The Ideal Solution
The ideal solution, of course, would have been for opponents to have blocked this legislation, been seen as heroes in defense of the Constitution and the moral principles written into it, and improved their chances of taking control of Congress.
Yet, the evidence suggests that the American people do not see those who stand up against the principles of tyranny and injustice as heroes. They see such people as villains – unworthy of a seat in Congress. Defending freedom and justice is a sign of weakness - a "softness" that needs to be exterminated from the American psyche.
Evidence suggests that the idea that the American people would greet those who defeated this legislation as protectors of liberty is as much of a fantasy as the idea that the American army would be greeted as liberators in Iraq.
So, what is an opponent of this legislation to do, if defending liberty and justice is something the bulk of the American electorate no longer tolerates?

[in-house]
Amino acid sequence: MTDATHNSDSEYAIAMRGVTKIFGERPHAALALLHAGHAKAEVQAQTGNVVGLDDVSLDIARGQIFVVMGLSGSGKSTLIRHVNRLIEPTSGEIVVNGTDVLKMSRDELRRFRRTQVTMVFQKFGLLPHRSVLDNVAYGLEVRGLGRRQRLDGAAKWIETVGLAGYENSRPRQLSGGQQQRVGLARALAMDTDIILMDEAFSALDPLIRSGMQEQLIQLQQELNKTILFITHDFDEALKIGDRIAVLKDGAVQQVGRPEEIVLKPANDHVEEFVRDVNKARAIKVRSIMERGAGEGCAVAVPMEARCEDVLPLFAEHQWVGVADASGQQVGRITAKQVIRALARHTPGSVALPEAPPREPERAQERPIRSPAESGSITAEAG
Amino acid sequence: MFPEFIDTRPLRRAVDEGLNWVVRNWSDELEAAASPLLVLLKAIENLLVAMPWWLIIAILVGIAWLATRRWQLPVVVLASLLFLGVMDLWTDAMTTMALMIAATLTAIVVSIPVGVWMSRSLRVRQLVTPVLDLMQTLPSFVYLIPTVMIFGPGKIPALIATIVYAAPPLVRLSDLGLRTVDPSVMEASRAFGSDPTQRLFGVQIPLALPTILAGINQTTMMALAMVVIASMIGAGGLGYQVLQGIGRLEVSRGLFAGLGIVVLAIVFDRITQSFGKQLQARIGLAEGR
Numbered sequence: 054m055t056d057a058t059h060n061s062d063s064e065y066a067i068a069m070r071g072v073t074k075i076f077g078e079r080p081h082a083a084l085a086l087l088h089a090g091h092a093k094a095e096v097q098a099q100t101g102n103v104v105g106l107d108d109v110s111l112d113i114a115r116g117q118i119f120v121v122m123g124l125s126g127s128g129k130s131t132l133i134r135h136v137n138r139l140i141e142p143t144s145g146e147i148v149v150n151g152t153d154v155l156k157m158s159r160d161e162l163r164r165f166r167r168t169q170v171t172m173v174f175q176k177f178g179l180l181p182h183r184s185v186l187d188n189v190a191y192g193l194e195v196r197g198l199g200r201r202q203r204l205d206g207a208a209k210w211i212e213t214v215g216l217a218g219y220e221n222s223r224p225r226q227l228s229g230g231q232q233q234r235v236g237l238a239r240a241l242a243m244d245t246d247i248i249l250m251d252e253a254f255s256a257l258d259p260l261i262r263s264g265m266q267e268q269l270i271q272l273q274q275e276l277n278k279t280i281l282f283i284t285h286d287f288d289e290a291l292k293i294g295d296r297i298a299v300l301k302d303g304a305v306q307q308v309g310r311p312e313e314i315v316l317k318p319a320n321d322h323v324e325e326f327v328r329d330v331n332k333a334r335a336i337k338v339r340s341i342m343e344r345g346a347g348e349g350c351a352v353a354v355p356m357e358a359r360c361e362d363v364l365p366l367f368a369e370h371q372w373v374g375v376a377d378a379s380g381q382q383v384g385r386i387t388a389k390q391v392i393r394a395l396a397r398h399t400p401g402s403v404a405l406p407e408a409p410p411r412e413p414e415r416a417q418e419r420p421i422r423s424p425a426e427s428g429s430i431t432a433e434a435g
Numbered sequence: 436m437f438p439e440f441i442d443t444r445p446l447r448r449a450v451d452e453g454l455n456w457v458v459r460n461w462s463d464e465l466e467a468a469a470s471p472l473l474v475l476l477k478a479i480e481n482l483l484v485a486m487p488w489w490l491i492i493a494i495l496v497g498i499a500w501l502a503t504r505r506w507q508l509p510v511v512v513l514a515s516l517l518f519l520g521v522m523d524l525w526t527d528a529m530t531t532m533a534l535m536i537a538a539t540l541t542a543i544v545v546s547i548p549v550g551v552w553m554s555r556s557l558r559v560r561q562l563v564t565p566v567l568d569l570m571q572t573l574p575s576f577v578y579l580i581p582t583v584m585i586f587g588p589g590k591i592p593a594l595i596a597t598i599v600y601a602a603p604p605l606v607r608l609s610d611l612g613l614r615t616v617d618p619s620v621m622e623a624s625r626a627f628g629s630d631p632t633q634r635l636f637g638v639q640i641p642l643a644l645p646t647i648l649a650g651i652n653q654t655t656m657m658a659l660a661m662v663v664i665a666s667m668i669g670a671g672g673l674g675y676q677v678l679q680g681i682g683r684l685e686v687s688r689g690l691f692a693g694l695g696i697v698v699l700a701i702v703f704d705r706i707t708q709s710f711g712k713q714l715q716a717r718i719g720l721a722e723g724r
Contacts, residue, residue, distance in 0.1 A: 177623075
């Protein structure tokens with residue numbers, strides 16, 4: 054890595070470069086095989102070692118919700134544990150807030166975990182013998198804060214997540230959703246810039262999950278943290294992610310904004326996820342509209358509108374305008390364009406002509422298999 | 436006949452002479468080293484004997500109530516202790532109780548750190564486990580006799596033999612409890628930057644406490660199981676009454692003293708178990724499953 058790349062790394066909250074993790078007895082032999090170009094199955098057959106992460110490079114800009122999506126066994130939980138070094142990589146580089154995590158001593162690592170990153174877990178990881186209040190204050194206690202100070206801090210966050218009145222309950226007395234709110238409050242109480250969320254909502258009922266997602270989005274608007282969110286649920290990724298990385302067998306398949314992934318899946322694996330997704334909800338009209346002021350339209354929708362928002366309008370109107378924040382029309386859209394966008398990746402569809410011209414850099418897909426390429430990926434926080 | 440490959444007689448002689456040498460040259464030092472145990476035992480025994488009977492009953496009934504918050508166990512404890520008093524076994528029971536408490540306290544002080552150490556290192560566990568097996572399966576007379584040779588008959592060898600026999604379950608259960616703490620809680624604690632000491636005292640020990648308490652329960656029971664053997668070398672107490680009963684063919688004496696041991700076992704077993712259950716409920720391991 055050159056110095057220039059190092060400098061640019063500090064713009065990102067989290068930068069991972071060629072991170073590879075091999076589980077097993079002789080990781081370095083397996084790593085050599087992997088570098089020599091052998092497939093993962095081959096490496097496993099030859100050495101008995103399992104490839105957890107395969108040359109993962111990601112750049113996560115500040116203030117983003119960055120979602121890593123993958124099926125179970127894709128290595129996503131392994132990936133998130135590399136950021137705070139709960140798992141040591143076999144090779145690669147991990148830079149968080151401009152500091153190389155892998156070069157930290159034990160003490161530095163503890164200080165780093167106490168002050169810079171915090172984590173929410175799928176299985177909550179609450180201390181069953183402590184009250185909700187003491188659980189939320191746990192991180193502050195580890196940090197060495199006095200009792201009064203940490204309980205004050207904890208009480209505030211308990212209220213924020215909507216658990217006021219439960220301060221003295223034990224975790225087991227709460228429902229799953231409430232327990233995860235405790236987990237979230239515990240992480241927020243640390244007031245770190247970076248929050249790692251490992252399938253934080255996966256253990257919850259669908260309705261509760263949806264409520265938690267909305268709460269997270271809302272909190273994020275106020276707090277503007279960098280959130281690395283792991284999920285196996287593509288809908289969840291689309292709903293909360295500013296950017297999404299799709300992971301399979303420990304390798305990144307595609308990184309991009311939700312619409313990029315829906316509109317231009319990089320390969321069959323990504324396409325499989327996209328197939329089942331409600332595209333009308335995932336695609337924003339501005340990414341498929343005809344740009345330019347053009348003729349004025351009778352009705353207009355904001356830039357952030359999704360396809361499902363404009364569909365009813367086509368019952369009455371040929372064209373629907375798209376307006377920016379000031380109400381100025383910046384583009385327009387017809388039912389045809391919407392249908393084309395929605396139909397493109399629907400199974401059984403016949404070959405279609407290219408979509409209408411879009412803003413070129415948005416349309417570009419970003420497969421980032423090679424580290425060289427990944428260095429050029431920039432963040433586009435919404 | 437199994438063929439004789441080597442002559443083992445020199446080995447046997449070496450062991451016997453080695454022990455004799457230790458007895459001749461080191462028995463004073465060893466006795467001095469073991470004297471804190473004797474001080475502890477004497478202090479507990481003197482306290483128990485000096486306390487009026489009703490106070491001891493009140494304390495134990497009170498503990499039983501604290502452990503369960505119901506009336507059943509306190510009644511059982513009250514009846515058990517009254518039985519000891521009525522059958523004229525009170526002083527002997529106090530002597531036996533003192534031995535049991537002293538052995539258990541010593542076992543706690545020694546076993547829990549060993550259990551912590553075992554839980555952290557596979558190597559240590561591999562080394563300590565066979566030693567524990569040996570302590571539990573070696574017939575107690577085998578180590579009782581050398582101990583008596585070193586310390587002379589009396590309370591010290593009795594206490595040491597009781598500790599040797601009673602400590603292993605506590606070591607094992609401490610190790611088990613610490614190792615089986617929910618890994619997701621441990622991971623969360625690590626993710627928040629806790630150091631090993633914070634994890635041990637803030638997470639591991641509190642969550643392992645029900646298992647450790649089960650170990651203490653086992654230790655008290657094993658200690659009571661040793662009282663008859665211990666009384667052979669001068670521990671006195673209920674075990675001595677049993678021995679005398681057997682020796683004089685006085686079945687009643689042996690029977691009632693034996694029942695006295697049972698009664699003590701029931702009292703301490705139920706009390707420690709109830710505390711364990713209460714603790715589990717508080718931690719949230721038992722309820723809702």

Fortunately, I do not have to make those moral choices.
However, I am a citizen. These events tell me one thing: that both major political parties believe that the American people support the values written into this legislation more strongly than they oppose it. Both political parties have a great deal at stake that depends on knowing what the American people want. Therefore, they can be counted as “expert witnesses” in reporting on the values of the American people. They might still be wrong, but it is not rational to bet against the best evidence available.
This truth, if it is true, would be a very unpleasant truth. Yet, it is a truth we cannot run away from. In particular, we are being foolish if we decide to live our lives ignoring this truth, and planned strategies for a fantasy world that exists only in our mind – a fantasy world in which the bulk of the American people oppose torture, oppose unchecked executive power, or believe in and support the right to a fair and impartial hearing.
Once we accept this truth we can see that the first priority is to restore these principles and values among the American people. If we should succeed at accomplishing this, then we the Congress will follow suit. If we succeed in accomplishing this, we will create a future society in which parties vie for the ability to prove their devotion to these principles, rather than compete for the opportunity to destroy and discard them.